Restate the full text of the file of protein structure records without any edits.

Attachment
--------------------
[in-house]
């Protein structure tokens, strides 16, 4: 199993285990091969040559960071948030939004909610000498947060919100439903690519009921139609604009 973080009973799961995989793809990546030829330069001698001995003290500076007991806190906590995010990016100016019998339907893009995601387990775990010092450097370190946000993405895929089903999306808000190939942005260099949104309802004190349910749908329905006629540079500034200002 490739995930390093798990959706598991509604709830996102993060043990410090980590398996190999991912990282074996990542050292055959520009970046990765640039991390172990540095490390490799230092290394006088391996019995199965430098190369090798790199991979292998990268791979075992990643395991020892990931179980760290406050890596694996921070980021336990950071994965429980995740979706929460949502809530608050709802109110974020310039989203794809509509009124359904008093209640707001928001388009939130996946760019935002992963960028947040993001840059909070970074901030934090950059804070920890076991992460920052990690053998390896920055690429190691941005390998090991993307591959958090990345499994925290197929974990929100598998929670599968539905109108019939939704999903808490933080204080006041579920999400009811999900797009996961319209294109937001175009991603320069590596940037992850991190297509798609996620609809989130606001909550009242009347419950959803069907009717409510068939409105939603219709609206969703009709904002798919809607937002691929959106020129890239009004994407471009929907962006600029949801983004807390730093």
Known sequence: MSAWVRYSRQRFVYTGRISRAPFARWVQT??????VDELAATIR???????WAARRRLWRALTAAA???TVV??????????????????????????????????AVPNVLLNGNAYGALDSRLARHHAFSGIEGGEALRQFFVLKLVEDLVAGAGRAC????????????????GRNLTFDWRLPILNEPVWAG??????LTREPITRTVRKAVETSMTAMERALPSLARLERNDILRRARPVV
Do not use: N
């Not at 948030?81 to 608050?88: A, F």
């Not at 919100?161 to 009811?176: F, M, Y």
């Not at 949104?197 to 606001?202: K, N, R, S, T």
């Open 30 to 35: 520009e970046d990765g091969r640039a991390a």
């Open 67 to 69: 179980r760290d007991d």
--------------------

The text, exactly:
[in-house]
């Protein structure tokens, strides 16, 4: 199993285990091969040559960071948030939004909610000498947060919100439903690519009921139609604009 973080009973799961995989793809990546030829330069001698001995003290500076007991806190906590995010990016100016019998339907893009995601387990775990010092450097370190946000993405895929089903999306808000190939942005260099949104309802004190349910749908329905006629540079500034200002 490739995930390093798990959706598991509604709830996102993060043990410090980590398996190999991912990282074996990542050292055959520009970046990765640039991390172990540095490390490799230092290394006088391996019995199965430098190369090798790199991979292998990268791979075992990643395991020892990931179980760290406050890596694996921070980021336990950071994965429980995740979706929460949502809530608050709802109110974020310039989203794809509509009124359904008093209640707001928001388009939130996946760019935002992963960028947040993001840059909070970074901030934090950059804070920890076991992460920052990690053998390896920055690429190691941005390998090991993307591959958090990345499994925290197929974990929100598998929670599968539905109108019939939704999903808490933080204080006041579920999400009811999900797009996961319209294109937001175009991603320069590596940037992850991190297509798609996620609809989130606001909550009242009347419950959803069907009717409510068939409105939603219709609206969703009709904002798919809607937002691929959106020129890239009004994407471009929907962006600029949801983004807390730093």
Known sequence: MSAWVRYSRQRFVYTGRISRAPFARWVQT??????VDELAATIR???????WAARRRLWRALTAAA???TVV??????????????????????????????????AVPNVLLNGNAYGALDSRLARHHAFSGIEGGEALRQFFVLKLVEDLVAGAGRAC????????????????GRNLTFDWRLPILNEPVWAG??????LTREPITRTVRKAVETSMTAMERALPSLARLERNDILRRARPVV
Do not use: N
């Not at 948030?81 to 608050?88: A, F």
């Not at 919100?161 to 009811?176: F, M, Y």
């Not at 949104?197 to 606001?202: K, N, R, S, T």
């Open 30 to 35: 520009e970046d990765g091969r640039a991390a």
């Open 67 to 69: 179980r760290d007991d």